By Lelo Macheke
Professor Jacqueline Akhurst presented a thought-provoking Inaugural Lecture about the re-repositioning of community psychology (as a branch of psychology) as it is at the helm of change within the psychology profession and communities in South Africa and beyond last week.
Professor Akhurst is a psychology lecturer and post-studies supervisor at Rhodes University and a PhD in Psychotherapy. She maintains that her favourite areas of research are counselling and educational psychology.
Her lecture titled ‘Community Psychology, Hopeless optimism or hopeful future’ provided a flexible definition of community psychology; as a multi-disciplinary approach to engaging and solving problems that individuals of a certain context are experiencing.
“Community psychology provides a set of practices, frameworks and theories to account for the political, economic, social, cultural, historical and subjective conditions of those that benefit from community psychology. It also implies a responsibility on various aspects of society to be a part of the process effected by community psychology practices,” explained Professor Akhurst.
Within the Grahamstown context, Professor Akhurst views community psychology as a way to respond to inequality and navigate the idea of historical redress from which inequality originates.
She cites the Nkosinathi Project established in 1997 in Kwa-Zulu Natal for re-orientation of the lives of famers and their descendants displaced materially and subjectively by the Apartheid regime and the failures of the democratic land policies.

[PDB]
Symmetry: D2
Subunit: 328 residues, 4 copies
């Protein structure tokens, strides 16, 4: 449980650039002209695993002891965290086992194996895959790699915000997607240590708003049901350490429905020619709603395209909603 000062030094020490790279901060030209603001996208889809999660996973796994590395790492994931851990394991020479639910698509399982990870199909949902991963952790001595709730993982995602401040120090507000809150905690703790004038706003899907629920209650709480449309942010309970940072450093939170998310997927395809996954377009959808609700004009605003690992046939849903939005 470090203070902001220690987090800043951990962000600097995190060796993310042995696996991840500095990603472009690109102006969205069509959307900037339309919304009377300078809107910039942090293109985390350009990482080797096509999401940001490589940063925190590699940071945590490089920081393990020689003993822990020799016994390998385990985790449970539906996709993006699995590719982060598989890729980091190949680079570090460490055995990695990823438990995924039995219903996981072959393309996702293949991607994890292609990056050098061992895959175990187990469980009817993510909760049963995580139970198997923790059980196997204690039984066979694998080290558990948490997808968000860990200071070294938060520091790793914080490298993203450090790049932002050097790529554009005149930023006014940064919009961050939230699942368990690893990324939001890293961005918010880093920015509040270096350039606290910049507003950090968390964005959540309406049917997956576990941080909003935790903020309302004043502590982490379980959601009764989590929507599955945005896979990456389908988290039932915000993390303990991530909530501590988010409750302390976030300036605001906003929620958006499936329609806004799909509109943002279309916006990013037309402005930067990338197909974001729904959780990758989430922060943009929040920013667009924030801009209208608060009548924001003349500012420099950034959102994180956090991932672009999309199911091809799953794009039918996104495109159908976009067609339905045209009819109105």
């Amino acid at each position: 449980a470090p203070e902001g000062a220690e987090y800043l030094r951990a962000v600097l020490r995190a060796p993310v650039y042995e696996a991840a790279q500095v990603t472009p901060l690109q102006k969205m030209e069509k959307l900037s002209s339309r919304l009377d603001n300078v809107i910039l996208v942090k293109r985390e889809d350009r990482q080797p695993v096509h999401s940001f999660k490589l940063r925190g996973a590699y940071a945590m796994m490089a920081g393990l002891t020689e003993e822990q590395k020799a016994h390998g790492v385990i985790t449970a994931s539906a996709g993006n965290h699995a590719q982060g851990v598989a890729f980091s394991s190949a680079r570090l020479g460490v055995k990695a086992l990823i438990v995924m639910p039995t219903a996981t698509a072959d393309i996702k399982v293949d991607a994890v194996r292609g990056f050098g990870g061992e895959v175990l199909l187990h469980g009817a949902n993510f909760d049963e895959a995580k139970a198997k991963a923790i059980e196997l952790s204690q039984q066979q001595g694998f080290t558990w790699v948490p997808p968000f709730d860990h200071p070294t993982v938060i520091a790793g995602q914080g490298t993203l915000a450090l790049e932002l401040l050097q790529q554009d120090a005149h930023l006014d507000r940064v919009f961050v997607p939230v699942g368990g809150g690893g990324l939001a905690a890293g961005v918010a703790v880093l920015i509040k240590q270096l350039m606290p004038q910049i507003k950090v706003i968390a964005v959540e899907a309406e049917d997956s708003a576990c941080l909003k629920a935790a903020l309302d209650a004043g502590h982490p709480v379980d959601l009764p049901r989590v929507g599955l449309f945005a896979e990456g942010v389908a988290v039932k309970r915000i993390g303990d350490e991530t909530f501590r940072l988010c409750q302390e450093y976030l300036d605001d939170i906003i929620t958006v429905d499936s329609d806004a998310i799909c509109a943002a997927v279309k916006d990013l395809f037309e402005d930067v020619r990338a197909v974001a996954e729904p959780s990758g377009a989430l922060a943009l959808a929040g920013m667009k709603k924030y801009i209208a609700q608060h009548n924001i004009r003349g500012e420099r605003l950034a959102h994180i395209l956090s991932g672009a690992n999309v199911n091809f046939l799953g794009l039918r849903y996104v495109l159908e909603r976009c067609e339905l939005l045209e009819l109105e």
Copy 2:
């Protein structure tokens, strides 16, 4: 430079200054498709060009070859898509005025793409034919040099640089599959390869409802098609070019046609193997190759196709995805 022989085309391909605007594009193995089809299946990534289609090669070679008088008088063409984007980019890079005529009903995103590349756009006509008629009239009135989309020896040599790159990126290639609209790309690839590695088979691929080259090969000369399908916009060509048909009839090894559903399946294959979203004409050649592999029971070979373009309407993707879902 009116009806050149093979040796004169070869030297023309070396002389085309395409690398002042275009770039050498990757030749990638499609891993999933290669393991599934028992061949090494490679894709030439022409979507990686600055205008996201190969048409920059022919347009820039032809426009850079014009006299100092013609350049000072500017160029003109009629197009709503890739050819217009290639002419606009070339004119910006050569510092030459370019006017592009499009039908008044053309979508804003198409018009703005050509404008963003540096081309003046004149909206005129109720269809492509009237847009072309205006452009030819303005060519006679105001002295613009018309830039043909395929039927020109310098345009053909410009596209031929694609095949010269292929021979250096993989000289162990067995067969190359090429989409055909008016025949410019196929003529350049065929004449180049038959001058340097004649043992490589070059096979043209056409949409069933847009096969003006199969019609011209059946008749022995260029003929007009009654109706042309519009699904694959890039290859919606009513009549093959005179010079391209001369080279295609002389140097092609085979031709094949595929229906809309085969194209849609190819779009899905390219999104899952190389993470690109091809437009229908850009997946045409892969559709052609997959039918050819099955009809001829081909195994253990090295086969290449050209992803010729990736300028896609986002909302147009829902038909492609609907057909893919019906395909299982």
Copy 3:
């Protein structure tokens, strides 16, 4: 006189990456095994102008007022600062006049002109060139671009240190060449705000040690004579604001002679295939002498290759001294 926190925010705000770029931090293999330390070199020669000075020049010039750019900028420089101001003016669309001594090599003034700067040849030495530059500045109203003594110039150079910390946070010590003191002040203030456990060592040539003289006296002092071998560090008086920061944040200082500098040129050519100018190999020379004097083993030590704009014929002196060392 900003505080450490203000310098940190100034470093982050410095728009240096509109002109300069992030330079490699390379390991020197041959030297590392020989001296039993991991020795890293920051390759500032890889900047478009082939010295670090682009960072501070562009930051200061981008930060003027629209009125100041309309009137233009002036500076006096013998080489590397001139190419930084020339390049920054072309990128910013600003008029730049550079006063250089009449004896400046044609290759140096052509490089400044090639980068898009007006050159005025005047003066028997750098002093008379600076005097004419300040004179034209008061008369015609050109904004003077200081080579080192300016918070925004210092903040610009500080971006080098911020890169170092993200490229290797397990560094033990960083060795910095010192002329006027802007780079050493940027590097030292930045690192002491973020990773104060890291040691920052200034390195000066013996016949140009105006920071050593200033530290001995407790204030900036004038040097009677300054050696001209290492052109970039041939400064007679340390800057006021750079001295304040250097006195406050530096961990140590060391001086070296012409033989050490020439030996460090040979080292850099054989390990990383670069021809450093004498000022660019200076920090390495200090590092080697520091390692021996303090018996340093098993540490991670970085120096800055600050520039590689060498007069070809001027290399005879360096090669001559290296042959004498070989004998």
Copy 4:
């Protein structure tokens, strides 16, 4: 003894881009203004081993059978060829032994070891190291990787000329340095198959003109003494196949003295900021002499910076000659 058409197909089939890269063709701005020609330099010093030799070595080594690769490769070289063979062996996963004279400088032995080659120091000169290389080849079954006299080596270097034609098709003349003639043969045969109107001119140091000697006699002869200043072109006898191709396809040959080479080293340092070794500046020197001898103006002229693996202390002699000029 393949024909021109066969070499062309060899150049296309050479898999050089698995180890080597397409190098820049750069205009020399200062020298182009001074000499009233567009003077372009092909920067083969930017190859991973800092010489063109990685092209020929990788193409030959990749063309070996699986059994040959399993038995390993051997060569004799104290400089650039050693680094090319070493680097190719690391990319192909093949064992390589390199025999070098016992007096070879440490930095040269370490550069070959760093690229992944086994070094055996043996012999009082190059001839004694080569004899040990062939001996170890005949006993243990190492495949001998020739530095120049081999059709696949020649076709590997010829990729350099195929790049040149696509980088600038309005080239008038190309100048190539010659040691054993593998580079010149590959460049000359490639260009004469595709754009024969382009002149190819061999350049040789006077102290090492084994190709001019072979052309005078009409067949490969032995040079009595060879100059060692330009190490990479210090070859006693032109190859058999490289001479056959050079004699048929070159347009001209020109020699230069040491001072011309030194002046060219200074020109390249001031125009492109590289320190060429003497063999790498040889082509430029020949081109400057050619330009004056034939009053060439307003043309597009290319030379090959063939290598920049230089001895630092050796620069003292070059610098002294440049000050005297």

The project successfully empowered locals with education, communication and labour-based skills. In turn, they gradually became a self-sustaining community that is educated, income generating and made up of healthy individuals, psychologically.
“The real success of the project is that it afforded the community to be in a position to lodge land claims. This project is an example of how community psychology is able to generate value-based wealth that exceeds monetary investments that fund community psychology empowerment initiatives,” she said.
Professor Akhurst cited many other local case studies that convincingly support her view that community psychology is one of the most appropriate and necessary branches of psychology to utilise in post-1994 South Africa.
Community psychology’s inclusive, adaptive and holistic nature allows it to navigate spaces, access people and demonstrate community psychology’s ability to reproduce valuable members of society.
“It bridges the gaps created by the legacies of institutionalised inequality, creating a more just and functional society,” she concluded.